After following some links around the net that peaked my curiosity I came upon something that all my schooling and instincts said "no way". So naturally I decided to try it and the results were simply amazing. You can get electricity from your yard, and almost anything in it.
so here's what I did, try it, you will be amazed too, and begin to wonder what else is not as we were taught.
Step 1: Tools
you will need a voltmeter, scraps of wire, some water and paper towels.
some stiffer wire, roll of wire, PVC tubing, brass and steel rods later if you decide to follow up with phase 2 and 3
Step 2: Phase 1
I have a patio with retaining wall around it, gravel sub base, and flag stones to walk on. All the ingredients are there.
What you need is gravel, or cement or sand or sand dirt mix in the lawn.
Hmm sound like most peoples yards?
Dampen 2 spots on the retaining wall block or cement block on opposite sides, using the wet paper towel as a contact point read the voltage that's available. Before you say 'yeah. right' JUST TRY IT!!
I had reading from .5 to 1.3v dc.
I now grabbed the garden hose and hosed the wall down, soaking it well. (excitement builds,as this isn't possible)
2 blocks read the same as the two added together, 3 blocks read the same as the three added together. hmm
Grab the scraps of wire! Wire 2 blocks in series, the voltage increases a small amount, same with three blocks.
Grab the left over blocks, I have 6. stack them up with wet paper towel between. My voltmeter reads 7.4v, unbelievable!
Now for the real test, Grab a small fan from a computer, hook it up. .....
Mine ran for about a minute before stopping, slower than normal, but I didnt have 12v to start with.
I disconnected one wire and pondered what just happened for a few minutes.
Then reconnected the wire just for kicks, and the fan started again and ran about a minute.
No Way, it recharged in a couple minutes? grab the stop watch!!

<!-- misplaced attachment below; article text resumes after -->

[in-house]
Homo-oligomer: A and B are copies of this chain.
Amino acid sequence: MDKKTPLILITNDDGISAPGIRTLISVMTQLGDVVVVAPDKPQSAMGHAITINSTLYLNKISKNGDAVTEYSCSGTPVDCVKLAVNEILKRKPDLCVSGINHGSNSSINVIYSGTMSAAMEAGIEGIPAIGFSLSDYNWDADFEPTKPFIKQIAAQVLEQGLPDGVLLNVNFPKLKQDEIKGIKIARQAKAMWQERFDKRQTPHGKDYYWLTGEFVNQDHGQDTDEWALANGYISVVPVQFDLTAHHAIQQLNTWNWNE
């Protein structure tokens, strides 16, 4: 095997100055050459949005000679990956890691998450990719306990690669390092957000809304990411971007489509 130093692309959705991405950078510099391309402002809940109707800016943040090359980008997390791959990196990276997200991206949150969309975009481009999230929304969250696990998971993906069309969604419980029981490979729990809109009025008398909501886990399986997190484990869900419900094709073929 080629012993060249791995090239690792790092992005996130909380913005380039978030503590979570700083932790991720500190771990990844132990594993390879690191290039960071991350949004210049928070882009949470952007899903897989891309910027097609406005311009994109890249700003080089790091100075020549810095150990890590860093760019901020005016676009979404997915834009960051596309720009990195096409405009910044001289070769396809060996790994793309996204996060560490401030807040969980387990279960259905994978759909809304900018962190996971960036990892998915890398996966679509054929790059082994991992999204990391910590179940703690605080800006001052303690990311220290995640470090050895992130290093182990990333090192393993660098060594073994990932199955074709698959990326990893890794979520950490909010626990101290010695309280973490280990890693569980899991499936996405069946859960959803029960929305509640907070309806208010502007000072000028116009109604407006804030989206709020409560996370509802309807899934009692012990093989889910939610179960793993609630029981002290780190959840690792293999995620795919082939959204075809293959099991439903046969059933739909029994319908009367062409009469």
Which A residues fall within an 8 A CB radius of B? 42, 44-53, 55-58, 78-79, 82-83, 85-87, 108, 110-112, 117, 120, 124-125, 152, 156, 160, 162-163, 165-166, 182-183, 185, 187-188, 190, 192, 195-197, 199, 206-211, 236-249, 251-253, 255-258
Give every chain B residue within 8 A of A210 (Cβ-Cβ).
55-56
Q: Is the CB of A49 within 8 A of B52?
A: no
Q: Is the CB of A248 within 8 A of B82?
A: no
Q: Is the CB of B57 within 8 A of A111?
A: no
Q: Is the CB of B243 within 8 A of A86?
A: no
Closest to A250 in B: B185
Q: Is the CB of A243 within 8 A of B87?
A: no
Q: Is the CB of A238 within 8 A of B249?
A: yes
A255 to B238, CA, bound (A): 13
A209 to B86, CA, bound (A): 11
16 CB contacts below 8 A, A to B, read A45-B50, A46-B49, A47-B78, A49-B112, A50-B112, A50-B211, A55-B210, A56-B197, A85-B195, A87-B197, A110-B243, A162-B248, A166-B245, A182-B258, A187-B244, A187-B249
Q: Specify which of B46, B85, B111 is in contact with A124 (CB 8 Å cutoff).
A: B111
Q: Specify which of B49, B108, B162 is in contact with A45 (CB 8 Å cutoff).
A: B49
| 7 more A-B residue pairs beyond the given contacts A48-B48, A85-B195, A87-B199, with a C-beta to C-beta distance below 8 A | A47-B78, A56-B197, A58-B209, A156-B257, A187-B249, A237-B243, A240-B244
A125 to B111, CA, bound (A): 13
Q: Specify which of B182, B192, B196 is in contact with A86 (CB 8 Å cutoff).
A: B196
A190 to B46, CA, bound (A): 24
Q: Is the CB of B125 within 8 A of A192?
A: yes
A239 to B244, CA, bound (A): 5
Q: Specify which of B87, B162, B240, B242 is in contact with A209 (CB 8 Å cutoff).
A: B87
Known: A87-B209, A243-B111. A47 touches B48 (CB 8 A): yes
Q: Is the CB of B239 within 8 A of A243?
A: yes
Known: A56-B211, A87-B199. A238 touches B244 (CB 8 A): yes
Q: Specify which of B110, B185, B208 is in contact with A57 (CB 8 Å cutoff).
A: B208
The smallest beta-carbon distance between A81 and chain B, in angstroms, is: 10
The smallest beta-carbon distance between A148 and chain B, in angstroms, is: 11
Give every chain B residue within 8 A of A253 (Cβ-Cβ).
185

After several try's they apparently they recharge in 15 to 30 seconds!!
How about 2 stacks of 3? gave me a voltage of 3.6v
The fan runs about a min and a half, 20 second recharge, another 1.5 min.
ok now on to phase 2
Step 3: Phase 2
This time I need to try pushing brass welding rod and steel coat hangers into the ground.
the steel is the center of the new battery. the first brass rod is pushed in to the water soaked ground until spacing is found that gave me 1.5v. larger spacing gives higher voltage. the steel are separated by 6 inches and the same for the brass till I have 8 cells. wire the brass to the steel so the cells are in series, giving about 12v when done. my fan ran a total of 5 minutes. Again about 20 secs recharge time and it ran again.
I pulled every other wire out and re-spaced to 12 inches. the fan ran about 7 minutes. ( when I say about 7 minutes, that's using my cell phone clock, not a real stop watch.) So wider spacing gives more amperage, cool.
You have to be aware that apparently quartz needs to be present, hence the sand, or concrete. Black dirt or humus provides to small a voltage. But the quartz seems to help the transfer. crushed Granite or rock such as class 5 has is good too.
on to phase 3
Step 4: Phase 3
can I manufacture a battery from these components?
Out comes the PVC tubing in 4" diameter.
drill hole thru an end cap for a wire, bare the end about 2 ", flare it out and place it between 2 layers of paper towel in the cap.
place the cap on one end of the PVC. Also drill a couple water drain holes in the cap.
Fill with sand to about 3 inches, and test the voltage. This gave me 1.5v, yours can vary, by how wet the sand is, so soak it well.
Put a layer of wet paper towel, and another layer of sand.
repeat till you have 8 layers, and about 12v
last layer of paper towel and connection wire, I eventually cut down a cap ti fit inside the PVC pipe wit a press fit and drain holes, to hold pressure on the wire connections.
Oh no, the fan only runs just over a minute, and now wont recharge!!
Wait, grab a shovel, bury the tube either vertically or horizontally, soak the ground liberally.
Now the fan runs almost 2 minutes and recharges in 20 secs. Apparently the power is coming from the ground.
Not overly impressive for a 4" diameter battery 24" long, but the fact that it recharges every 20 secs is!
now on to the last step.
Step 5: Challenge
If a series of batteries buried will deliver power for 2 minutes, recharge for 20 secs, and repeat as long as the ground is wet.
How do you cycle 2 or more cells to deliver power continuously?
Can a series of cells deliver high enough power to convert to AC? thru an inverter?
How many cells in parallel give adequate amperage to convert to AC?
Can a backyard deliver enough usable power? for even minor appliances?
What could an abandoned gravel pit deliver?
What circuits would be needed to rotate the cells properly?
One thing I can tell you, LED lighting works great on the one cell, and lasts about 4 hrs, so a slow draw extends the discharge rate.
if you work out any usable circuits or battery styles please let me know, I think this could be a very good emergency backup, or even more.